AARP Bulletin featured Selling the Fountain of Youth in its regular series “The Author Speaks.” Here’s an excerpt:
Q. What started the modern antiaging movement?
A. In 1990, scientist Daniel Rudman published a sensational study. He gave human growth hormone (HGH) to about a dozen healthy men over 60. They significantly increased their lean body mass, including muscle, and they lost about 14 percent of their fat.
Q. How did we get from a single splashy study to an entirely new industry?
A. A small group of doctors latched on to the idea that if you replace your hormone levels to where they were in your 30s, you’ll feel as great as you did back then. Rudman’s study inspired the formation of the American Academy of Anti Aging Medicine and has been cited on the Web something like 50,000 times.
Q. What are the cornerstones of the antiaging industry?
A. It started with HGH and expanded into alternative estrogen and progesterone products for menopause, as well as testosterone, which has recently become quite a sensation in this industry. It’s being prescribed not just to men, but also to help improve women’s libido.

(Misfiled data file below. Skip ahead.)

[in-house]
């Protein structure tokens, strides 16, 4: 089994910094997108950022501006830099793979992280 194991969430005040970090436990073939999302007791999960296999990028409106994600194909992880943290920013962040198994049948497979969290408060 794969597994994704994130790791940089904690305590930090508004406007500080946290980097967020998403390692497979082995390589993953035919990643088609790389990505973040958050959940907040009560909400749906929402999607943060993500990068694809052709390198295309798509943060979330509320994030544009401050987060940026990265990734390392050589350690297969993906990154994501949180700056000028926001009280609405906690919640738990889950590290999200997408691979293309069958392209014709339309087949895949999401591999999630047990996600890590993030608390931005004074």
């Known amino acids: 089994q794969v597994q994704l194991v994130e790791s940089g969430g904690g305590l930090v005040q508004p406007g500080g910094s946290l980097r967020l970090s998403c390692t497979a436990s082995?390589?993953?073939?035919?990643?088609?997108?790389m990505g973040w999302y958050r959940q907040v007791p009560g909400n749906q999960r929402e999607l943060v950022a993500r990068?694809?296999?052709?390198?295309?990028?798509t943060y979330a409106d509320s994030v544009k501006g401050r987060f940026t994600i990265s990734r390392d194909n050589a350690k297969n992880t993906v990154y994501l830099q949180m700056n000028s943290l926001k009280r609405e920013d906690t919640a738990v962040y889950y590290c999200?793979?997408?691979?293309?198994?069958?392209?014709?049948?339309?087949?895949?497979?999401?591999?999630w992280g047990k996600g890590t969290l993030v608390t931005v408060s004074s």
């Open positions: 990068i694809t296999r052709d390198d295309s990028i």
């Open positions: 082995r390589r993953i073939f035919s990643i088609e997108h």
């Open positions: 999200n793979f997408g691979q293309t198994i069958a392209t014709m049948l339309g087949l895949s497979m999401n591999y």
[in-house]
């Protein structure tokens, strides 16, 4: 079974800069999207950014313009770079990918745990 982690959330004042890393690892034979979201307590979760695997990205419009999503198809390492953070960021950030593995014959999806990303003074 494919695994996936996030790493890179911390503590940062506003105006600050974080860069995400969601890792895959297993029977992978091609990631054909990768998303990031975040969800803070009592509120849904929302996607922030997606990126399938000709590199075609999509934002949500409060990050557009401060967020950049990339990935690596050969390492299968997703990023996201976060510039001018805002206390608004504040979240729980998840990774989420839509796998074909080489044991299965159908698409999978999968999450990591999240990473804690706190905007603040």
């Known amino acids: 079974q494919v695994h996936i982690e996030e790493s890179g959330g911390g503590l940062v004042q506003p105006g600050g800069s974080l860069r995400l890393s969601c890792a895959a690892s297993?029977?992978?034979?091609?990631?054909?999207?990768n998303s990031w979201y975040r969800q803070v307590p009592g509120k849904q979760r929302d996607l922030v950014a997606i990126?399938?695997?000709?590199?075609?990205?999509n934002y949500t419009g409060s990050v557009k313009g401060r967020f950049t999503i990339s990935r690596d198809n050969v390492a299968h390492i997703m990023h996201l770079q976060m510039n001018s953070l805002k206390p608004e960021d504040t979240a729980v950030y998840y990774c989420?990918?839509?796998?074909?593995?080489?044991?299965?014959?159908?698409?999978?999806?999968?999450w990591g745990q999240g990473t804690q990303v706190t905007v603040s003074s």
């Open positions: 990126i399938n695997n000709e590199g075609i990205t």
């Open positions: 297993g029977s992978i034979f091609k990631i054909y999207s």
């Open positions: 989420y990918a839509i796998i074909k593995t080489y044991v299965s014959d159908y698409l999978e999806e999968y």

Q. What are proponents claiming about these products?
A. They say if you replace those hormones, you can prevent osteoporosis, shield yourself from Alzheimer’s, improve your sleep, lose weight, gain muscle mass and boost your sex drive.
Q. Does any good science support those claims?
A. Antiaging doctors often say HGH is one of the most studied hormones. Well, that’s true, but many of those studies were in children with growth hormone deficiencies, and you can’t extrapolate from those children to healthy adults. The original Rudman study of HGH in adults was very small, and some scientists have been disturbed by the popularity of it. Some antiaging doctors twist the research to fit their viewpoints.